Then, determine if it was the idea itself, your plan or the situation. In some organizations, you can have the best idea, but if you share it after the annual budget is locked down, you will have an uphill battle for obtaining funding to even experiment. Always go back to "What can I do?" and the answer will help you determine if a well-thought-out plan B may work. So many times, our plan B was the better choice all along. So, don't give up too quickly.

In my research on wave makers, I have found they have what I call "adaptive persistence." They were determined and didn't give up easily. But they were adaptive and flexible enough to find the path to progress. Also, they didn't take the resistance personally, and even expected it. If the change was easy or obvious, it would have been done already. Learn from the resistance and adapt.

You also write that "anyone can start a wave. Anyone." In fact, you dedicate an entire chapter to discussing why business leaders need more wave makers to help spark innovation, creativity and transformation within the companies they lead. What do you say to an HR leader looking to create more wave makers?

I find that top leaders often talk about innovation, change and transformation, but the organization isn't set up to deliver on that promise. HR leaders can play a critical role here, by promoting the need for wave makers throughout the organization. Senior leaders set the strategy and vision, but can't possibly know all of the answers for translating it throughout the organization. And, the new idea will often come from someone close to the work.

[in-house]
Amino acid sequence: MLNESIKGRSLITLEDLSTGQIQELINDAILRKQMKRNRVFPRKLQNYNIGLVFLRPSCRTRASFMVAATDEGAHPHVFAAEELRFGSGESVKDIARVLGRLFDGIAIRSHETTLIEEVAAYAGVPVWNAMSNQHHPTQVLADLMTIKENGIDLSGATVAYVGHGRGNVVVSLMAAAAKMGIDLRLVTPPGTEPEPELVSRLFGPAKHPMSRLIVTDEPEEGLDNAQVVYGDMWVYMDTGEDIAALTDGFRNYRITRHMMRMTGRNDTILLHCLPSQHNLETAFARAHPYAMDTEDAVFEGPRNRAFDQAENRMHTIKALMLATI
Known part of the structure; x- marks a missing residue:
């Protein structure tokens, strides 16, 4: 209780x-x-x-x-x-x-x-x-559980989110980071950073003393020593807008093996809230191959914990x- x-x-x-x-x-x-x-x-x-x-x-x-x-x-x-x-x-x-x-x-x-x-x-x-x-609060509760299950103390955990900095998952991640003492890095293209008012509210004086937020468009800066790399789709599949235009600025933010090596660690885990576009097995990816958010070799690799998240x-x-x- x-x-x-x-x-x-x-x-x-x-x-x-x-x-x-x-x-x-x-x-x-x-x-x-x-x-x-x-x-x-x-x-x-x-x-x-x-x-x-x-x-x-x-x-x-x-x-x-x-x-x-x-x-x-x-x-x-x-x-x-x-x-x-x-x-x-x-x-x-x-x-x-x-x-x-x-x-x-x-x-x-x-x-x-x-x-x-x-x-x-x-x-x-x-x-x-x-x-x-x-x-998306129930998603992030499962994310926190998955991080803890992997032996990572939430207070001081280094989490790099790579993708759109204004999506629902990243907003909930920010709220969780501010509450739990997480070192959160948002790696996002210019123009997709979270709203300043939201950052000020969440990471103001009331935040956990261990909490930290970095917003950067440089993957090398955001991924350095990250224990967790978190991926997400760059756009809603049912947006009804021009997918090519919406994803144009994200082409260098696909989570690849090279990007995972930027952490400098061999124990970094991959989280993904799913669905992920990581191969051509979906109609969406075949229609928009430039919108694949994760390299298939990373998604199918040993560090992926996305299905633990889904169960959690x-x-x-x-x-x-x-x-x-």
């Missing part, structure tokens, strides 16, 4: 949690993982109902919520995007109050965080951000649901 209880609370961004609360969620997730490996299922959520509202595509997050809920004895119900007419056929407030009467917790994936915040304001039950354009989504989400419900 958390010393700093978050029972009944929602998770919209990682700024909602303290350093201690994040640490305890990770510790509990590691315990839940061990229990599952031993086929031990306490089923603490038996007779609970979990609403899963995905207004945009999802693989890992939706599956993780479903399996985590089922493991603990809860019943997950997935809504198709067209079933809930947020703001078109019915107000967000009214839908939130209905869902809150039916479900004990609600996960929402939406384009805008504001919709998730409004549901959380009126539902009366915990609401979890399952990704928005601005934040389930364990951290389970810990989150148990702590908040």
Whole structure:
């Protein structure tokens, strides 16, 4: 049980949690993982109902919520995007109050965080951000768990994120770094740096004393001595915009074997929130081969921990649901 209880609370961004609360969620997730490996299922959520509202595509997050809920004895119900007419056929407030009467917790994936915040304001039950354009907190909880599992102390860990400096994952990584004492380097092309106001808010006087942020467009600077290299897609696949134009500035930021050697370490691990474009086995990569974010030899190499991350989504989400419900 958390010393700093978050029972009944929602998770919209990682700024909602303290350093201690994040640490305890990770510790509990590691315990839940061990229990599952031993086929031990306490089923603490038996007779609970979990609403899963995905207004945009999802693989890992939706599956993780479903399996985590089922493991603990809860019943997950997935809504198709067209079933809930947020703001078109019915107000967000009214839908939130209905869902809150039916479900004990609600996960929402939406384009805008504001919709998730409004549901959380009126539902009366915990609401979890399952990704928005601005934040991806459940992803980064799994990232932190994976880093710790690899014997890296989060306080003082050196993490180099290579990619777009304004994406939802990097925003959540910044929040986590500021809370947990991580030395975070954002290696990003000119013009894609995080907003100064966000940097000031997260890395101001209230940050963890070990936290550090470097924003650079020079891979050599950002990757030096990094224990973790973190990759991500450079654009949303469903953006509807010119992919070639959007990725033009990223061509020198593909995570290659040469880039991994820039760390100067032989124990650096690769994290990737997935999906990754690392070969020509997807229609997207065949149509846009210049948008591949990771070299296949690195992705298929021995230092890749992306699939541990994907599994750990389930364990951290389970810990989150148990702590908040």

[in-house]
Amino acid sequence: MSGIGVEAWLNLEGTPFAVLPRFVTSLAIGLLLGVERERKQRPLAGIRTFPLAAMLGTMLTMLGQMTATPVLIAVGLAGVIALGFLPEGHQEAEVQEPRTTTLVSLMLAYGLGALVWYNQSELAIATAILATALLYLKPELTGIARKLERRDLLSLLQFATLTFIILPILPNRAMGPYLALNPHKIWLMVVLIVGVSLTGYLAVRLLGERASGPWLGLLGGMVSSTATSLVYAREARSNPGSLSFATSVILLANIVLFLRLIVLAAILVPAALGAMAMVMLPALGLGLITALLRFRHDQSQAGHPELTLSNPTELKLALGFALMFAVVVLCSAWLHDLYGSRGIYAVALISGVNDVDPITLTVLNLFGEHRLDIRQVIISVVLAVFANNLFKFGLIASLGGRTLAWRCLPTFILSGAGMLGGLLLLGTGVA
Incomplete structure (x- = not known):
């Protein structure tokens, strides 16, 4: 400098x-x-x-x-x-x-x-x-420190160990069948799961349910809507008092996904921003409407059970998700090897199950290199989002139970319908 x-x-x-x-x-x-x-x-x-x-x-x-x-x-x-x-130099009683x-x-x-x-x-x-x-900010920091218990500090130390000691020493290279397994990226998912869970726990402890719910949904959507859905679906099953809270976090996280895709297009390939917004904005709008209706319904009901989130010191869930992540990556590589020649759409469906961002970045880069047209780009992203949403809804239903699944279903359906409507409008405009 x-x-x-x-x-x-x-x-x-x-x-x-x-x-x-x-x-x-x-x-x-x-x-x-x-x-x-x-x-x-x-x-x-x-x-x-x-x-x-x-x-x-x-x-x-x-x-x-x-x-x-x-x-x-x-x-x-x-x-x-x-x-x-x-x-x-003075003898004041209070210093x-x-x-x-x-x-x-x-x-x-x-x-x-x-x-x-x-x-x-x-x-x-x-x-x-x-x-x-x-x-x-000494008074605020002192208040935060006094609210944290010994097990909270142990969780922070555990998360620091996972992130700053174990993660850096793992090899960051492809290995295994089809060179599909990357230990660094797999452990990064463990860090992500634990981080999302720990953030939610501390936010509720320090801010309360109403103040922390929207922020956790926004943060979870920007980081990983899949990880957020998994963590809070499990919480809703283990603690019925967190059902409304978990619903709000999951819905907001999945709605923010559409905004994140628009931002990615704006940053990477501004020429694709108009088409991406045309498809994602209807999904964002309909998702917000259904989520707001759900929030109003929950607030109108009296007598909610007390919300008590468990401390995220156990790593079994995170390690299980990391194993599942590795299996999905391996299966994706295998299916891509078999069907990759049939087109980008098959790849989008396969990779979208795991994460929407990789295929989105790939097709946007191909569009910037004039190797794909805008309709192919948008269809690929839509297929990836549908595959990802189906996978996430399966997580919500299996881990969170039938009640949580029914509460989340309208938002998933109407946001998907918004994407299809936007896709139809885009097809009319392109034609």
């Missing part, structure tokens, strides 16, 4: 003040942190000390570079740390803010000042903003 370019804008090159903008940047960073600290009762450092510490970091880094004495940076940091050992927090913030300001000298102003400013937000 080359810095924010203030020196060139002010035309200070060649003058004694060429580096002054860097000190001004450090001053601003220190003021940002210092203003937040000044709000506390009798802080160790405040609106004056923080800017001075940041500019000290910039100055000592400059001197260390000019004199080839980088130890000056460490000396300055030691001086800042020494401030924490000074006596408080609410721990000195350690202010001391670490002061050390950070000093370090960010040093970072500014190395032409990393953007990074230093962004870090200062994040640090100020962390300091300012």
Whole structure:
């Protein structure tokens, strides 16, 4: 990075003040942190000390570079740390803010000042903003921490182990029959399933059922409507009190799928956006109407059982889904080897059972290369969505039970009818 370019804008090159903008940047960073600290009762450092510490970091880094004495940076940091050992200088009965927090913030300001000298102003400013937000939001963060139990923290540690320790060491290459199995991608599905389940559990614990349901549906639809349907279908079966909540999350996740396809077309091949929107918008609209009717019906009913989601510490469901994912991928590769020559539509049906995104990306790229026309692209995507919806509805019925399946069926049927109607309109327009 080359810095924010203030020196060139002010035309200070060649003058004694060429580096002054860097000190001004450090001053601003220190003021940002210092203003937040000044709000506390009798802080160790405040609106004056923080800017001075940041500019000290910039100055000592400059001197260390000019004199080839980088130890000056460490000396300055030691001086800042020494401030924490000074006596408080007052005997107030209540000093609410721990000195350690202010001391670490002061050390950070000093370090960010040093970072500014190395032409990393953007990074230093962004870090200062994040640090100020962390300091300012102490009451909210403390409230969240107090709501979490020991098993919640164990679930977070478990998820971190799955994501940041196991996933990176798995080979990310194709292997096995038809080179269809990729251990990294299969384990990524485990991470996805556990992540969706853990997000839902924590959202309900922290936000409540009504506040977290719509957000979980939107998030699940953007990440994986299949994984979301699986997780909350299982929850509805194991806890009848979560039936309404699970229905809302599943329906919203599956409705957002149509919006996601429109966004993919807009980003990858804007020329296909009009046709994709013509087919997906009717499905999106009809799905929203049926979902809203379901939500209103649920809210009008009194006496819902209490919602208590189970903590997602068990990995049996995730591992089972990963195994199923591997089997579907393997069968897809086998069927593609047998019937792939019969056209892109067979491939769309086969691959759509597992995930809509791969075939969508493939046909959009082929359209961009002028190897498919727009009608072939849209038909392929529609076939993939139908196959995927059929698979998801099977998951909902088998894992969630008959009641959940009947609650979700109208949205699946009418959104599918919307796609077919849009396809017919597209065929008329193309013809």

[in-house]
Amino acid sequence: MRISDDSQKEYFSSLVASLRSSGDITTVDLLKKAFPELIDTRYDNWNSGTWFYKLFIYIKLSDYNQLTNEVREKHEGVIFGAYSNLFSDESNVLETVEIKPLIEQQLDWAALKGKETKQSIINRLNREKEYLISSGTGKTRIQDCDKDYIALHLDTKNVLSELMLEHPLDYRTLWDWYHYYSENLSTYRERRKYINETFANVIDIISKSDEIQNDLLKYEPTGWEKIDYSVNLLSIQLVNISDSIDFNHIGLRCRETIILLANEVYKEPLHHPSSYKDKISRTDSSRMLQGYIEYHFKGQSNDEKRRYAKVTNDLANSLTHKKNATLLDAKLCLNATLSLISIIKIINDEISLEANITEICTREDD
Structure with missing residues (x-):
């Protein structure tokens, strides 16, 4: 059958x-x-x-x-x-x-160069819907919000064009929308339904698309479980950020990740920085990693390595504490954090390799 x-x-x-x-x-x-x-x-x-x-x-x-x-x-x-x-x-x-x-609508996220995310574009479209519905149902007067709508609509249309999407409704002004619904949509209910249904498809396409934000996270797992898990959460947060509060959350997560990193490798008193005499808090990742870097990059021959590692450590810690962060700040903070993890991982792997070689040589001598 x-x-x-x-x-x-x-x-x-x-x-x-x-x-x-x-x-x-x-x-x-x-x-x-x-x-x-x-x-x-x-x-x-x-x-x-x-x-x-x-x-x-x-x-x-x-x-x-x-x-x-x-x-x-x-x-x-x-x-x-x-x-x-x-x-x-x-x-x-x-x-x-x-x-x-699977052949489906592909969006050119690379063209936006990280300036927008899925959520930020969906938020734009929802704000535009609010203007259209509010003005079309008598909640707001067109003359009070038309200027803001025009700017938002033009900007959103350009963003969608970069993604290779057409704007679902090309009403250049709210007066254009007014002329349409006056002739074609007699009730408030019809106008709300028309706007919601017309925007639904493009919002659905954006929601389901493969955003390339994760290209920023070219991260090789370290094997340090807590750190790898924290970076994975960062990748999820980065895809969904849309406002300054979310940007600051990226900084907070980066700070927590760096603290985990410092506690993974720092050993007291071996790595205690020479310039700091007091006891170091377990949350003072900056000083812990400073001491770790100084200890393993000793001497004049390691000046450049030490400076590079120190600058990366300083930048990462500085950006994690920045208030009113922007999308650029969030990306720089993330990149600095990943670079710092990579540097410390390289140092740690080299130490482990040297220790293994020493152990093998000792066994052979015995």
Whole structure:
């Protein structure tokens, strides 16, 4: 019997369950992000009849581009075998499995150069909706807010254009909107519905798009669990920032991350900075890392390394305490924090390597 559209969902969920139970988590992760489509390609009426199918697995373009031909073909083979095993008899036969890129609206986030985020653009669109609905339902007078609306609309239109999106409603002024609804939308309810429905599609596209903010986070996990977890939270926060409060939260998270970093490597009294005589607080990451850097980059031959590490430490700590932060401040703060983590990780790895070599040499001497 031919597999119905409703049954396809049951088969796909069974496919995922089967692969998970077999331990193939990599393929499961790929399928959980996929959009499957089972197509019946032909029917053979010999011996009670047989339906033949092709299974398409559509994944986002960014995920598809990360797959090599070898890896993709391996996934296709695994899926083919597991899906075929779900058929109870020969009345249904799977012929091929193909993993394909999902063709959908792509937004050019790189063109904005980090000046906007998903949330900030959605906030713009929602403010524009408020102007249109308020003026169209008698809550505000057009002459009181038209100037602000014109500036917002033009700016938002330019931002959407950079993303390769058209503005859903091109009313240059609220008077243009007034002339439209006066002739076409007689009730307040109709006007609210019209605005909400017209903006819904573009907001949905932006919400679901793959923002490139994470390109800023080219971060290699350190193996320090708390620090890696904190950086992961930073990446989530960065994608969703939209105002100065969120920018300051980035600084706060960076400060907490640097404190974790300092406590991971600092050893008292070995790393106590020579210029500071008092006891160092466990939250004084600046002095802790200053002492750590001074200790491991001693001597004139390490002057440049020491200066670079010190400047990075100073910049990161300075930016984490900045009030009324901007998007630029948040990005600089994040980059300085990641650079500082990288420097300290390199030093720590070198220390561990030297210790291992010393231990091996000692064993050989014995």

HR can activate more wave makers [by] encouraging their development. For example, offer what I call "white-space assignments" that require creating something completely new. A white-space assignment may be creating a new division, new product or leading a new initiative. This type of experience requires invention, creation and developing a new idea or approach with no precedent.

Develop by coaching and asking the right questions, and by providing experiences that promote an enterprisewide mind-set. One of my best development experiences, for instance, was working for a leader who forced me to think.

She forced me to ask myself, What is my rationale? Why did I choose this option over others? What return-on-investment do I anticipate, and why? These questions helped me learn to consider a variety of factors well beyond the easiest or most obvious path. An enterprise-wide mind-set is developed by working on a project or processes that go beyond your immediate workgroup. For instance, marketing professionals benefit from understanding operational implications and supply chain leaders are smarter for knowing the financial implications. And, beyond learning outside their group, a wave maker will also think about what benefits the enterprise, not just his or her group. You become a wave maker by looking < at a larger world that goes beyond your current project or assignment.

You have to decide if you want wave makers in your organization. You can first look to see if you have any systemic obstacles built into your organization that squelch innovation and change. For instance, do you penalize experimentation? Do you expect everyone to go through proper channels and multiple levels before an idea is shared? Does your performance-management system reward efficiency above ingenuity? There is a balance, of course, but you must ensure you recognize and honor the behaviors and decisions that will bring you the innovation or change that your business needs.